On the 21st of September of every year, since 1982, the world celebrates the International Day of Peace. The day provides a global call for all humanity to put aside all differences and commit to peace above all else.
This year’s theme “Climate Action for Peace” drew attention to the importance of combatting climate change as a way to protect and promote peace throughout the world.
In Rwanda, the day was celebrated on 27th September under the theme: “Carry the light- TWARA URUMURI” and focused on the engagement of the youth in peacebuilding initiatives as a key strategy for achieving sustainable peace. Rwanda chose the theme because this year the country is commemorating the 25th anniversary of the 1994 genocide against the Tutsi and, as such, saw an opportunity to engage the youth in building strong foundations for peace and sustainable development.
The honorable speaker, Ms. Mukabalisa Donatile occompanied by a young participant watering the "peace tree" planted during previous International Peace Day
The celebrations kicked off with the watering of the Peace Tree at the garden at Rwanda's Parliament. The rest of the ceremony was attended by members of the Rwandan Parliament and Government, along with representatives of civil society, religious groups, the United Nations, development partners and youth organisations. Hundreds of young boys and girls joined the ceremony which was held in the Chamber of Parliament and presided over by the Speaker of the Chamber of Deputies, Hon. Donatille Mukabalisa.
The event brought together both the young and the old to share and discuss experiences in terms of healing and reconciliation. Many of the youth invited to participate in the event said they were happy and proud to be involved in such a nationally important dialogue.
“We are pleased to see that youth have been included in the celebration of this international day so that we can learn, gain advice, and exchange ideas on how we can participate in the development of our country. This is a very good thing because the country must be built by the youth who constitute the strength and pillar of the country's development for today and tomorrow,“ said Emmanuel Mateso from Musanze in the Northern Province of Rwanda.
Jeanine Muhoza from Kirehe, Eastern Rwanda, also added that she didn’t see the message of "Carry the light, the light of peace" as either an assignment or a responsibility for a single Rwandan. For her, it’s a message for everyone. “Our gathering today emphasises our willingness to invest our efforts in peacebuilding and reconciliation. We are now the apostles of peace, we will extend this peace throughout the country so that what happened in the past such as the genocide against the Tutsi never happens again in Rwanda. We are proud of the step taken by the Government of Rwanda and it is now for us the youth to demonstrate our part in building a lasting peace for our country,” she stated.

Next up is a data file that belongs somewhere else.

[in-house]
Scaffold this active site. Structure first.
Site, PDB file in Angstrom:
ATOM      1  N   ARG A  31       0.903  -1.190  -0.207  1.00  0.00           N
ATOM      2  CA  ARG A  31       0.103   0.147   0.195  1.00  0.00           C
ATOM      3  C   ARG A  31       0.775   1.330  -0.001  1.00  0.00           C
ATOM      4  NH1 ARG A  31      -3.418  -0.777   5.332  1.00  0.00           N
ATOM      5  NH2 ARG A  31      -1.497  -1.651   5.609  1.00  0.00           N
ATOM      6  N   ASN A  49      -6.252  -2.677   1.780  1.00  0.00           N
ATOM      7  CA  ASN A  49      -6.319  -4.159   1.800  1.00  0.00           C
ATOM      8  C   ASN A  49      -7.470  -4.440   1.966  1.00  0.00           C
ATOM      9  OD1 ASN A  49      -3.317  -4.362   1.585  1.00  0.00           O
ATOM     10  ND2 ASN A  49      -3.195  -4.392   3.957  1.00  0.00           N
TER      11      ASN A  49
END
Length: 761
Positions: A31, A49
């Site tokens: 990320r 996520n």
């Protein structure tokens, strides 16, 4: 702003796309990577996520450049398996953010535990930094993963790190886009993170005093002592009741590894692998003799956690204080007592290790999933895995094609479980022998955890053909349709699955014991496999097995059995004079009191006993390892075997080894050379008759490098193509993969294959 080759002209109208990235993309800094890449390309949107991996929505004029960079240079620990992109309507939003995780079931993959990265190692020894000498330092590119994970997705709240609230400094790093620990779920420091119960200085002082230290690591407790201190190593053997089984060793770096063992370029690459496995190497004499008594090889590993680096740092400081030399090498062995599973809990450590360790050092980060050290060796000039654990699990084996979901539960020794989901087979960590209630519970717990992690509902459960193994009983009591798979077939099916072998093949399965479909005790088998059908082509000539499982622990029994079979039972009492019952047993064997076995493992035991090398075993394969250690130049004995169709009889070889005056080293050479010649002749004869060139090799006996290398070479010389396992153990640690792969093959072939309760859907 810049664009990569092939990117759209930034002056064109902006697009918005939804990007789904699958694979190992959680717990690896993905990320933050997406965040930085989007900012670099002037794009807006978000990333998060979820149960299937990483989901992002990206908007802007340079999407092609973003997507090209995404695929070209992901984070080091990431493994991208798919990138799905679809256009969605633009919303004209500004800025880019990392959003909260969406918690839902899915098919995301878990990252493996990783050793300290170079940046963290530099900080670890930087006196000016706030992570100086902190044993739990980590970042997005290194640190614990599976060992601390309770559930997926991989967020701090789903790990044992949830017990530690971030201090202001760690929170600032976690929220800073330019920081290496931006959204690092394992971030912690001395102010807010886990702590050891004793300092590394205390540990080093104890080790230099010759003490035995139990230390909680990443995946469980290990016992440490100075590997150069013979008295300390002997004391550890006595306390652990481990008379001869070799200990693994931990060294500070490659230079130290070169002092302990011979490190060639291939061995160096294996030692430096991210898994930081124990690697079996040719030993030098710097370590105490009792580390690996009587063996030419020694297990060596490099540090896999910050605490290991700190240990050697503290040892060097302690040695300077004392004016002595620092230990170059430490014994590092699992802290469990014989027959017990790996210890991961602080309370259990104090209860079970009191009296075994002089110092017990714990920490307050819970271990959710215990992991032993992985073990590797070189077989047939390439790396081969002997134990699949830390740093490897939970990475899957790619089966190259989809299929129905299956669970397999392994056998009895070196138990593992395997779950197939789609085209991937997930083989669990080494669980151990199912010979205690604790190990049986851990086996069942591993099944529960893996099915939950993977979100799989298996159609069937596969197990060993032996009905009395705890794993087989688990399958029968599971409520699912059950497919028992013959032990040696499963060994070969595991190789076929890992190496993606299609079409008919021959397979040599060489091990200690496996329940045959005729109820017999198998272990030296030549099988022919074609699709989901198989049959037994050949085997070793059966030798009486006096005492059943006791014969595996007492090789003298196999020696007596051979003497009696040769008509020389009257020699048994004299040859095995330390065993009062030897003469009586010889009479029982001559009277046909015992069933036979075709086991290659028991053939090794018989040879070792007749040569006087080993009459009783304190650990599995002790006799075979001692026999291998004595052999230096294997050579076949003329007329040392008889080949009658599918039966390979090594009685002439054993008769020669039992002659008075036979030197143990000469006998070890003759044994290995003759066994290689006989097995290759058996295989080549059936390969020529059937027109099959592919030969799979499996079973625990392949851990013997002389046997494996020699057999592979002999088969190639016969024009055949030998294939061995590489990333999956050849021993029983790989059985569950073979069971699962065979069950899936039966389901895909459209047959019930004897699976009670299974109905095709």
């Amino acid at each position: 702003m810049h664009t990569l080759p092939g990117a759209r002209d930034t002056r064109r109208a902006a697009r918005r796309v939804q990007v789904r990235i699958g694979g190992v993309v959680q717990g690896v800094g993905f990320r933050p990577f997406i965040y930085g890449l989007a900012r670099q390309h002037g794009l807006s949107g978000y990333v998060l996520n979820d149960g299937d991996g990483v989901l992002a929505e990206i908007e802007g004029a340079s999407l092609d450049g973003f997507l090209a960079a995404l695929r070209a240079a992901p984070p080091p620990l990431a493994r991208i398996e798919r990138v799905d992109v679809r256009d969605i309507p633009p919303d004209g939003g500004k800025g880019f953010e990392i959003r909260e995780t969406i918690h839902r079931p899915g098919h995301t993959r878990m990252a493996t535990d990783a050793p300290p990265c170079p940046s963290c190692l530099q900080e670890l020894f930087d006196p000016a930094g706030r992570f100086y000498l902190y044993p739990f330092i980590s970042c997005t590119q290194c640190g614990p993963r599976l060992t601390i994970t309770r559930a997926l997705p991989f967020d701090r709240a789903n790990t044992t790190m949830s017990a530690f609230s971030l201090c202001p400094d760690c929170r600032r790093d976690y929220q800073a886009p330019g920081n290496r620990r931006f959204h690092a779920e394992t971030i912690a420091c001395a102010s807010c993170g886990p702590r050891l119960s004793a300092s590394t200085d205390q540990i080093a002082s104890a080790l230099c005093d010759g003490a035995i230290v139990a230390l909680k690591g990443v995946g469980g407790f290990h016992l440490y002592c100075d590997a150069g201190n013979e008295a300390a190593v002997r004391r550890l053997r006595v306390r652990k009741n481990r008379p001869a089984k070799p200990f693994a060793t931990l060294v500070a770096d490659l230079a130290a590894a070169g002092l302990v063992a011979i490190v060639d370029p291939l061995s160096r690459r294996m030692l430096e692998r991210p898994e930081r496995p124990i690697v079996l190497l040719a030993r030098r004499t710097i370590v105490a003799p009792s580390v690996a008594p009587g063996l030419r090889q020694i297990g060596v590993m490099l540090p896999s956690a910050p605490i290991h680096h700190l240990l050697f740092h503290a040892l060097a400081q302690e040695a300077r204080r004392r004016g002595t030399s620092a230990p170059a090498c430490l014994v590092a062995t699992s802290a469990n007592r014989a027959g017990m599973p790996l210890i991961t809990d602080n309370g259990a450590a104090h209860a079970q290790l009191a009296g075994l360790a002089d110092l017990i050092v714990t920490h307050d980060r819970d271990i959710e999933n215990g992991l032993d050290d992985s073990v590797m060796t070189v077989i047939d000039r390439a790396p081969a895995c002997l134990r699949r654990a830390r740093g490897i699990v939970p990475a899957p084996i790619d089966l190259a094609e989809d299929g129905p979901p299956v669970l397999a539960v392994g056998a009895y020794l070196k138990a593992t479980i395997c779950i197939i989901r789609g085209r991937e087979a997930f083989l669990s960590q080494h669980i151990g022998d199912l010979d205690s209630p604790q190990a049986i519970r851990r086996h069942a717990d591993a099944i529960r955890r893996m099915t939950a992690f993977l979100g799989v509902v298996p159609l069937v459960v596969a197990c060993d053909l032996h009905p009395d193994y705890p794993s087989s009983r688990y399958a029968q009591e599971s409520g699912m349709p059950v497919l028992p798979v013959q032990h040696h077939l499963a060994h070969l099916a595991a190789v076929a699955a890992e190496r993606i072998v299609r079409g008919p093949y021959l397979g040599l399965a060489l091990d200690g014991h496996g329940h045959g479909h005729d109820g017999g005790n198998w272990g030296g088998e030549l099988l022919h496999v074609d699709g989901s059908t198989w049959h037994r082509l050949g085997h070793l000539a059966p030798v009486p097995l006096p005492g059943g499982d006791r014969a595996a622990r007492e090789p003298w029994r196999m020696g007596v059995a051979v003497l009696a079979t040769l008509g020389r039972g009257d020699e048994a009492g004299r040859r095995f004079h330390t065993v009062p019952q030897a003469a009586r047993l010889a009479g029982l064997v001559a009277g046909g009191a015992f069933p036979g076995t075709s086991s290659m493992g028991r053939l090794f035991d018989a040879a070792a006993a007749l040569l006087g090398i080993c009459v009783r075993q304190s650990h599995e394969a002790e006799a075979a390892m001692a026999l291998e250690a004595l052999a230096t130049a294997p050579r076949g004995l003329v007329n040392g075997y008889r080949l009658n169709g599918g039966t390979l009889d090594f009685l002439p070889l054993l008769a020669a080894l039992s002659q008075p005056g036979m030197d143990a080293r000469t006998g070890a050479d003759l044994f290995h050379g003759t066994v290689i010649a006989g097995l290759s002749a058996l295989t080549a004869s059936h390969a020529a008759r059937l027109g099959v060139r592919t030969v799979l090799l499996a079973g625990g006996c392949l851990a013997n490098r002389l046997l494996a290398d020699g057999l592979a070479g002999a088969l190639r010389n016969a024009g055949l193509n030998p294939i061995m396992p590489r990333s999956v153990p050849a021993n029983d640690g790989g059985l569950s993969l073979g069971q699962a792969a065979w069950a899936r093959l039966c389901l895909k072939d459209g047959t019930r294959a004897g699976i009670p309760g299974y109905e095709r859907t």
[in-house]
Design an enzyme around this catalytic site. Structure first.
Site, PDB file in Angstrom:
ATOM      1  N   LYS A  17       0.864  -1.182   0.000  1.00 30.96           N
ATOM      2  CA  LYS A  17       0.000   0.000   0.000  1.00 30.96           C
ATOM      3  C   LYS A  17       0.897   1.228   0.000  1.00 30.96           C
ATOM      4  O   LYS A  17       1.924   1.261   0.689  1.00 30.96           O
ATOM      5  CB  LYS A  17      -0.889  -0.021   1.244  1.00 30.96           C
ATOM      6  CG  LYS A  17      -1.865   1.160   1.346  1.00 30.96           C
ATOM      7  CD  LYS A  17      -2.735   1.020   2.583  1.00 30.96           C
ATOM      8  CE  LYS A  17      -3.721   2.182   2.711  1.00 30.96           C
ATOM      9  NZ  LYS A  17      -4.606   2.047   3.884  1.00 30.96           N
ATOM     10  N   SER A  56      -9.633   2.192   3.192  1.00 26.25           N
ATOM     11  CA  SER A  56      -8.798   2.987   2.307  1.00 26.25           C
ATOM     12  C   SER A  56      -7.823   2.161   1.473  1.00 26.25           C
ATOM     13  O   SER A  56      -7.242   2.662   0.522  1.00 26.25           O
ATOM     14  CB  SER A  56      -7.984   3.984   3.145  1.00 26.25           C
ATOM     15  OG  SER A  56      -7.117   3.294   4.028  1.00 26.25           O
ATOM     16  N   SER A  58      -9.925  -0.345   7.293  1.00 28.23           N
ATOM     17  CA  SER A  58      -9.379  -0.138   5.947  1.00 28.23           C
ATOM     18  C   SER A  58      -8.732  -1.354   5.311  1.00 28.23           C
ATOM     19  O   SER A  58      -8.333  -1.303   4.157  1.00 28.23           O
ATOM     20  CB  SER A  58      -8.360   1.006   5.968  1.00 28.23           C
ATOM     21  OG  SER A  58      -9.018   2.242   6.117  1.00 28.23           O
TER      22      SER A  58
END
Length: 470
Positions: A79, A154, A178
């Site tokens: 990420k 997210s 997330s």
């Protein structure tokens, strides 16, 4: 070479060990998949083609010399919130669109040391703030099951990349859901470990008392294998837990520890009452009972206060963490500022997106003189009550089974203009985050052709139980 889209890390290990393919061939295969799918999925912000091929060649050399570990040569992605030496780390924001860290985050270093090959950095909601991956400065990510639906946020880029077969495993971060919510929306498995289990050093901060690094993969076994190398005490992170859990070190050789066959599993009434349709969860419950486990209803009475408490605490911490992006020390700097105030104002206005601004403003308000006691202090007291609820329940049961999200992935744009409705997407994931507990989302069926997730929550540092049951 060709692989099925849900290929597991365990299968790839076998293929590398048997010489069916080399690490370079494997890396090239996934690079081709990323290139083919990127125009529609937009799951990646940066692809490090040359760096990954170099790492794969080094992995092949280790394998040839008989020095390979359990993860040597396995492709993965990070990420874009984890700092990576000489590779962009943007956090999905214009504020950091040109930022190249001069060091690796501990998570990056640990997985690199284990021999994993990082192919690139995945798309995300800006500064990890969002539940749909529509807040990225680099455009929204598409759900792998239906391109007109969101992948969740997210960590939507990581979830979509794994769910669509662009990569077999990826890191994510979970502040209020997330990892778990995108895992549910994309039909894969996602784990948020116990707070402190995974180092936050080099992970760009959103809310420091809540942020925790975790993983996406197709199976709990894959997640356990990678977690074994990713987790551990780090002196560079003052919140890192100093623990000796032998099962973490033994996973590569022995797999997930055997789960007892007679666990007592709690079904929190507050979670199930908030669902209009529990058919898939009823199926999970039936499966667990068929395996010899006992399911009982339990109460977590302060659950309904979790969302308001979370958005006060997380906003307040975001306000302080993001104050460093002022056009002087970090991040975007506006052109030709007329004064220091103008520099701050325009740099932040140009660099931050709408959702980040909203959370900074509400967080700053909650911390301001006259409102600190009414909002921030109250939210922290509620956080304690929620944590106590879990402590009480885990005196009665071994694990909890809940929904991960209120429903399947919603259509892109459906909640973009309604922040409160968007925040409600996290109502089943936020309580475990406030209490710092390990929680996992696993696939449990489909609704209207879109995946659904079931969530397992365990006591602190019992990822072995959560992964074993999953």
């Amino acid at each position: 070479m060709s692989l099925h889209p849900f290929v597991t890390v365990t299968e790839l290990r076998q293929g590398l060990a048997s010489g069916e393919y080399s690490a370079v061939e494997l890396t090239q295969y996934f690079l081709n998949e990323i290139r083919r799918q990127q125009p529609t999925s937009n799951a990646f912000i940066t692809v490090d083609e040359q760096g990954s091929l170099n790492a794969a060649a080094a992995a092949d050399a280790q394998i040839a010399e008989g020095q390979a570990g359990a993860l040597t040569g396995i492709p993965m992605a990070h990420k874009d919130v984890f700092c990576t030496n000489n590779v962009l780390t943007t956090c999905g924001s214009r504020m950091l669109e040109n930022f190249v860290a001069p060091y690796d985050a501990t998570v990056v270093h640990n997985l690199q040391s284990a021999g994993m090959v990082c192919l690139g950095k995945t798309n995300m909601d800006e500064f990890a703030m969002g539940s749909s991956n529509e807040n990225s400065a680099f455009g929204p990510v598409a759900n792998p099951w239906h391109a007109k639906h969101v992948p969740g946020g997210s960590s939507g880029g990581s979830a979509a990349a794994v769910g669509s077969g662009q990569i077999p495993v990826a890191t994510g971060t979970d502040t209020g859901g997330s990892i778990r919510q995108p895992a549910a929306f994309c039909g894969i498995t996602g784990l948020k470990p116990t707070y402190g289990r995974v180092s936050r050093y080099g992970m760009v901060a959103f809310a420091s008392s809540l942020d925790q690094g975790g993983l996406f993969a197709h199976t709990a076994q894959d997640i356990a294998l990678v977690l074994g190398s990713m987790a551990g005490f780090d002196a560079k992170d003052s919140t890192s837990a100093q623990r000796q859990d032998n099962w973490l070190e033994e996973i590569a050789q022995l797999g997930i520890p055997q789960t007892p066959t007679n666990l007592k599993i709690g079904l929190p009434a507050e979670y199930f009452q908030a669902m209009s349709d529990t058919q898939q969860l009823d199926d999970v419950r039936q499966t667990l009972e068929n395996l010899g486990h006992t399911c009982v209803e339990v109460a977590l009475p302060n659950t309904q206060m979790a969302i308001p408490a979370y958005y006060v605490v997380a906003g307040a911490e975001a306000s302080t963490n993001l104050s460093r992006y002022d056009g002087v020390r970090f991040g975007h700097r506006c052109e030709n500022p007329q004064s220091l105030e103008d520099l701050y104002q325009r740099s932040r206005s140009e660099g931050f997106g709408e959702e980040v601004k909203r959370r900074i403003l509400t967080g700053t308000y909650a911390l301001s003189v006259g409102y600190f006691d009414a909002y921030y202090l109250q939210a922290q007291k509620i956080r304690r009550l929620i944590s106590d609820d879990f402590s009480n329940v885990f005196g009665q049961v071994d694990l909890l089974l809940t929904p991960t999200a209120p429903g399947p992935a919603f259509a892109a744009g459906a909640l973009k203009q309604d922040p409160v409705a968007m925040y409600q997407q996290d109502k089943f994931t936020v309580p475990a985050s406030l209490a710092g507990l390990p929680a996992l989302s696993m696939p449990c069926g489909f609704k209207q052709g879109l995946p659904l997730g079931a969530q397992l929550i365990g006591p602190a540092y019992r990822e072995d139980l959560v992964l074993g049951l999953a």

One UN Resident Coordinator, Mr. Fodé Ndiaye delivering his remarks during the event
During the event a panel discussion also took place, with different members of the panel sharing testimonies related to the wounds left after the genocide against the Tutsi, and their own journey of healing. Mr. Fodé Ndiaye, United Nations Resident Coordinator, was moved by the testimonies he heard, and the commitment of Rwandans to build the country they want. In his remarks he commented, “I can only say congratulations to the people of Rwanda, for the unparalleled courage that survivors of the Genocide against the Tutsi have demonstrated in forgiveness and in determining their future as individuals and as a country. I applaud the courage of the “Protectors of Friendship Pact” ABARINZI B’IGIHANGO as well, for showing extreme courage and humanity in times of need.” (Selected from across the country, the Abarinzi B’Igihango are people who performed outstanding acts of humanity in helping thousands of Rwandans survive the 1994 Genocide against the Tutsi). The RC further added, “I rarely ever have doubts about whether we can make the world a better place to live, whether we can “Heal the World”. But as we strive to do so, it is essential to remember that together we are stronger. It is only together that we can build a better world.”
The speaker of the parliement, hon. Mukabalisa Donatile speaking at the event
The Honourable Speaker of the Chamber of Deputies in Parliament focused her remarks on the importance of nationality and also on the will of Rwandan leaders to make reconciliation and peace a reality. She underscored the point that everyone must feel ‘Rwandan’ first. Based on a report that noted Rwanda's enormous progress in building a collective identity, she said, “If research has shown that we have already taken a big step in terms of unity and reconciliation and that it is a reality that unity has taken root, we need to take another step because in the 7-year government programme, the goal is to reach the 96% threshold by 2024. Looking at where we came from, it's probable that we are going to get there; what is asked is to redouble efforts in the program “I'm Rwandan” (NdiUmunyarwanda).”
She said that the unity of Rwandans is the strength of the country, and that peace and security are pillars on which the other programmes are built. She stressed that it is in the interest of all Rwandans to fight against the ideology of genocide and division, while specifying that this is easy because there are good models that we can follow.
The event was also attanded by different young people who shared their testimony and will to preserve peace.
The International Peace Day celebrations was organised by the Government of Rwanda working in partnership with Never Again Rwanda, Prison Fellowship Rwanda, and the One UN through the United Nations Development programme (UNDP).